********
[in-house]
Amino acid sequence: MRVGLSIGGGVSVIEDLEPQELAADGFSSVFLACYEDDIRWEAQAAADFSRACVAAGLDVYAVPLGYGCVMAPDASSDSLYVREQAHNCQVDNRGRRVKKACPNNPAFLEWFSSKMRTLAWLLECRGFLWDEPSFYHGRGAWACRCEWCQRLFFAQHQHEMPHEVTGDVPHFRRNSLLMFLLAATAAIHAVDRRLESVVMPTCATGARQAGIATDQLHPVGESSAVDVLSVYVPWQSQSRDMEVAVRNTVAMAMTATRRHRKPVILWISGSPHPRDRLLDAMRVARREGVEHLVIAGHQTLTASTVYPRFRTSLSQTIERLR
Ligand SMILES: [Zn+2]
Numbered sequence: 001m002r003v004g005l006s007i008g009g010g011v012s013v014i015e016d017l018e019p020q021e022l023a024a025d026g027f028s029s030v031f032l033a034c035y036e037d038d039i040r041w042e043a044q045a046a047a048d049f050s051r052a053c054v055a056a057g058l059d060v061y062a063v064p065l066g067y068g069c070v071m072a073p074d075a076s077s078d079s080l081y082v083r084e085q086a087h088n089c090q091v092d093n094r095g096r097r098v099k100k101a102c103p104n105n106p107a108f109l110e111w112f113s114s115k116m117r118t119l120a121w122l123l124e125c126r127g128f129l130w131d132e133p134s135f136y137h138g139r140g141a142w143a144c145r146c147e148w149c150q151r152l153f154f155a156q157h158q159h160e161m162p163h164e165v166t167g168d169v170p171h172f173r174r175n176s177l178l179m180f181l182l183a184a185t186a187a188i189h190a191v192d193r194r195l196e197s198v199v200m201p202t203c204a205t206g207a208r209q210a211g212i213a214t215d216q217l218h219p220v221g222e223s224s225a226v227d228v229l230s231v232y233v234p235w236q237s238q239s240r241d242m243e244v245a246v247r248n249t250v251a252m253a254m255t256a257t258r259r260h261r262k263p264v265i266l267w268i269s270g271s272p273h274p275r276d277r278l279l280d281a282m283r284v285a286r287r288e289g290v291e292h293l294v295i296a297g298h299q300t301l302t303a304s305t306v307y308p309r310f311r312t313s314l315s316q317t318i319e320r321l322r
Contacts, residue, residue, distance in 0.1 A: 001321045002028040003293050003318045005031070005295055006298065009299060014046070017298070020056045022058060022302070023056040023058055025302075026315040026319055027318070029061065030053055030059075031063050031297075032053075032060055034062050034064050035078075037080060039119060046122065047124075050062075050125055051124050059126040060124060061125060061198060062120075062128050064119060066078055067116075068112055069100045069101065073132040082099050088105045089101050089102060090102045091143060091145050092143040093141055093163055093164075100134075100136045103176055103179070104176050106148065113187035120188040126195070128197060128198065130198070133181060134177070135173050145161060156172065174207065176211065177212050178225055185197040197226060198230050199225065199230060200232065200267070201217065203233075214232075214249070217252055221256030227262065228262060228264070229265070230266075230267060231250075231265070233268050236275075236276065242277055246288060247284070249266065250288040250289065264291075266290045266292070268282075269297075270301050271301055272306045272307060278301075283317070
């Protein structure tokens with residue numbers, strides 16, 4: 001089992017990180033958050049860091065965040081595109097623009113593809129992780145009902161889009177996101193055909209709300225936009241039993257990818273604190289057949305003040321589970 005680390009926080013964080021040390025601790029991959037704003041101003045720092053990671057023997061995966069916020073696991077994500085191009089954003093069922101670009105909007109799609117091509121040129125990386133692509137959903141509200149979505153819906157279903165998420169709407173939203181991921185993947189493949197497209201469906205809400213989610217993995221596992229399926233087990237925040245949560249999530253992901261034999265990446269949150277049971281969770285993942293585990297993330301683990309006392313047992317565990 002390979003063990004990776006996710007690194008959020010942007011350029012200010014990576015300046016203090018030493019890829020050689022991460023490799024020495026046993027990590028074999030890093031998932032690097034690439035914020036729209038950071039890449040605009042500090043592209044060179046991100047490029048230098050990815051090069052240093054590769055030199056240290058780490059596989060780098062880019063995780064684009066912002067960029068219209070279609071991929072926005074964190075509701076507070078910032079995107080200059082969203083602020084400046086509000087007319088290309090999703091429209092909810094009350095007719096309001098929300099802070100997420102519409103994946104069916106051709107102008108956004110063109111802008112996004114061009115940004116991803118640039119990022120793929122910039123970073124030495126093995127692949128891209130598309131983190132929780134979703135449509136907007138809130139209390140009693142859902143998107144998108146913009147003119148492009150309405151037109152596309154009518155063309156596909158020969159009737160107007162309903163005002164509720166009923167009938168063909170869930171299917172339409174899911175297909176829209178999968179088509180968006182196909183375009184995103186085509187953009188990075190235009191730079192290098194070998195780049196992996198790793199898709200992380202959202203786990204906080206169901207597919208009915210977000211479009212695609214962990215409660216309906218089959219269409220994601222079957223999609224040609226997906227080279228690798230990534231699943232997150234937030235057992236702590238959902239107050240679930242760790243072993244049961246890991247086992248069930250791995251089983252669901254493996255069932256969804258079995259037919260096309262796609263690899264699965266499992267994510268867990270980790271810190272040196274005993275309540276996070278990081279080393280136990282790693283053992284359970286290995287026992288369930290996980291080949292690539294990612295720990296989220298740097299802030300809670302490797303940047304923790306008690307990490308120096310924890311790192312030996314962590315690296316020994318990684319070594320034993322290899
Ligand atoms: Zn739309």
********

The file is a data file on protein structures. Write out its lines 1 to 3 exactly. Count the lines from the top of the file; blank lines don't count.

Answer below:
[in-house]
Amino acid sequence: MRVGLSIGGGVSVIEDLEPQELAADGFSSVFLACYEDDIRWEAQAAADFSRACVAAGLDVYAVPLGYGCVMAPDASSDSLYVREQAHNCQVDNRGRRVKKACPNNPAFLEWFSSKMRTLAWLLECRGFLWDEPSFYHGRGAWACRCEWCQRLFFAQHQHEMPHEVTGDVPHFRRNSLLMFLLAATAAIHAVDRRLESVVMPTCATGARQAGIATDQLHPVGESSAVDVLSVYVPWQSQSRDMEVAVRNTVAMAMTATRRHRKPVILWISGSPHPRDRLLDAMRVARREGVEHLVIAGHQTLTASTVYPRFRTSLSQTIERLR
Ligand SMILES: [Zn+2]